Teen who shot and killed 16-year-old Joshua Edwards shows no remorse for his actions - The State

Teen who shot and killed 16-year-old Joshua Edwards shows no remorse for his actions – The State

Josh Edwards was shot and killed by a friend in Midrand in January 2021.

Josh Edwards was shot and killed by a friend in Midrand in January 2021.

  • Sixteen-year-old Joshua Edwards was shot and killed by a friend in Midrand in January 2021.
  • was the accused He was found guilty of premeditated murder and unlawful possession of a firearm and ammunition.
  • The state has requested a partially suspended prison sentence.

The teen who shot and killed 16-year-old Joshua Edwards was reckless, if not grossly careless, and showed no remorse for his actions.

This was part of the state’s closing arguments in the sentencing proceedings for the accused, who could not be named because he was a minor at the time of the crime.

The young man, who will turn 19 this year, appeared in Pretoria District Court on Friday.

In October last year, the teen was found guilty of murder, illegal possession of ammunition and illegal possession of a firearm.

No remorse and gross negligence

The state asked the court to issue a partially suspended prison sentence, meaning he would serve time in prison.

State Attorney General Annalee Coetzee based this report on the seriousness of the crimes committed, the behavior of the accused, and the consideration of the Children’s Justice Act.

A similar penalty was also imposed by a probation officer who found that the accused had no remorse and, instead of taking responsibility for his actions, continued to blame the deceased.

Coetzee said:

Driven by lack of insight and remorse [the probation officer] To recommend a direct prison sentence.

In addition, the probation officer indicated in his report that the teen, although convicted, still did not truly appreciate the illegality of his behavior.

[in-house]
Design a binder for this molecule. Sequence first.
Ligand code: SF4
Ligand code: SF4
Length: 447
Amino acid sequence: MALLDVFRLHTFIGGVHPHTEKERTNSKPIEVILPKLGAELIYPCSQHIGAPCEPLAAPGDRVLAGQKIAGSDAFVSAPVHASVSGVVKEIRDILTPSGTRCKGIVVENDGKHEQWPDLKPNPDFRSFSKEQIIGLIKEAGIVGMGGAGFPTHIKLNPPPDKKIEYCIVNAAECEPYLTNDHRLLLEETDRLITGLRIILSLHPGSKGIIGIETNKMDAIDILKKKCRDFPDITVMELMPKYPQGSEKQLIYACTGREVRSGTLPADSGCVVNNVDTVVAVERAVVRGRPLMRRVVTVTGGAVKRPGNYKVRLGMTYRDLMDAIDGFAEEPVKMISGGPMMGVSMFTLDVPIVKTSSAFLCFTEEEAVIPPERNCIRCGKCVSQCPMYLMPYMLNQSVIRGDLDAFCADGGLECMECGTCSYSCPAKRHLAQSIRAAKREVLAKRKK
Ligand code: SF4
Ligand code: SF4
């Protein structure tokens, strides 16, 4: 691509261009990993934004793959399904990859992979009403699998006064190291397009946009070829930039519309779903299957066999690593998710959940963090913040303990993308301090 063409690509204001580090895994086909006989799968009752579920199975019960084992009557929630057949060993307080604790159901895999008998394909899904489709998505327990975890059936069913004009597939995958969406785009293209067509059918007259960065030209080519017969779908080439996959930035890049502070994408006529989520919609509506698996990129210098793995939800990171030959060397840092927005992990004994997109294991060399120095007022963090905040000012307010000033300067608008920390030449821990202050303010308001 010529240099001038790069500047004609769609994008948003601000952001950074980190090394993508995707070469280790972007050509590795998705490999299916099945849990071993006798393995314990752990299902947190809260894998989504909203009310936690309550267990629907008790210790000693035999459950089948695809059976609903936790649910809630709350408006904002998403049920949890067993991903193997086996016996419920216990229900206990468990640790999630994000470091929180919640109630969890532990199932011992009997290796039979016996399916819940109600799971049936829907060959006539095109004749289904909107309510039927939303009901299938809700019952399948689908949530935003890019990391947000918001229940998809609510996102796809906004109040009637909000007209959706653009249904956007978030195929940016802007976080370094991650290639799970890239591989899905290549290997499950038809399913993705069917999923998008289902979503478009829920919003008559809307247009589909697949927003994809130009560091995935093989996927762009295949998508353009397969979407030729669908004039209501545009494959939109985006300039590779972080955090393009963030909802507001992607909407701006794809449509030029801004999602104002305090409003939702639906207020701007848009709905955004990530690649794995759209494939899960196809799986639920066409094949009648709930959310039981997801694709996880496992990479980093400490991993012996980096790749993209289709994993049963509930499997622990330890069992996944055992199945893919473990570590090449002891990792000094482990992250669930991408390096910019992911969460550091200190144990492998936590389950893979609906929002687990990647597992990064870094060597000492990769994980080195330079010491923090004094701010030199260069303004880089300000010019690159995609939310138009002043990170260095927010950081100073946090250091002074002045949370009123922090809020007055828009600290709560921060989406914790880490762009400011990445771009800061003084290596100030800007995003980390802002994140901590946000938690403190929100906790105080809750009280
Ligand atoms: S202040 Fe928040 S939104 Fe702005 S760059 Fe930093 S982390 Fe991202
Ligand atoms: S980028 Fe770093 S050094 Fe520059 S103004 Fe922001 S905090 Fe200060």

The state repeated evidence that the teen had issues with authority and a history of getting in trouble at school, which resulted in his expulsion twice.

On the argument as to whether his actions constituted gross negligence, Coetzee took it a step further.

Given the facts and circumstances of the case, Coetzee said there could be no other finding than that the teen’s behavior went beyond mere negligence, and in fact constituted recklessness, or at least gross negligence.

Given his history of breaking the rules and not bowing to authority, the state argued that reformatory oversight would not work.

Unrestricted punishment

Piet du Plessis, the teen’s attorney, argued that a non-custodial sentence would be appropriate.

This was based on a report prepared by their probation officer.

It has been argued that an appropriate sentence including correctional supervision can be constructed to serve as punishment and retribution.

Throughout his arguments, du Plessis reiterated that an adolescent should not be punished in the normal course of a young adult, but as a child according to the law of children’s justice.

Read | Testifying in court lends credibility to the complaint against the investigating officer

He said the law made it clear that imprisonment should only be imposed as a measure of last resort and for the shortest appropriate period of time.

Direct imprisonment in the circumstances of the case, du Plessis said, would simply destroy another life and harm the public.

He said that based on the facts, no conclusion should be made of gross negligence.

a crime

Edwards was visiting the accused at his parents’ home on January 5, 2021 where they played with a gun in his room.

The teenager had been carrying the rifle and another handgun in his room for an extended period of time.

The teen ended up shooting Edwards in the torso. Died at the scene.

News24 previously reported that Judge Adrian Baker acquitted the teen of the murder charge, finding that no case was ever brought to convict the dolus-based murder in the end, establishing legal intent as the accused should have objectively predicted his behavior. Cause someone else’s death but keep working regardless.

Instead, the teen was found guilty of premeditated murder, with Baker indicating a dangerous degree of recklessness.

He will be sentenced on September 7.

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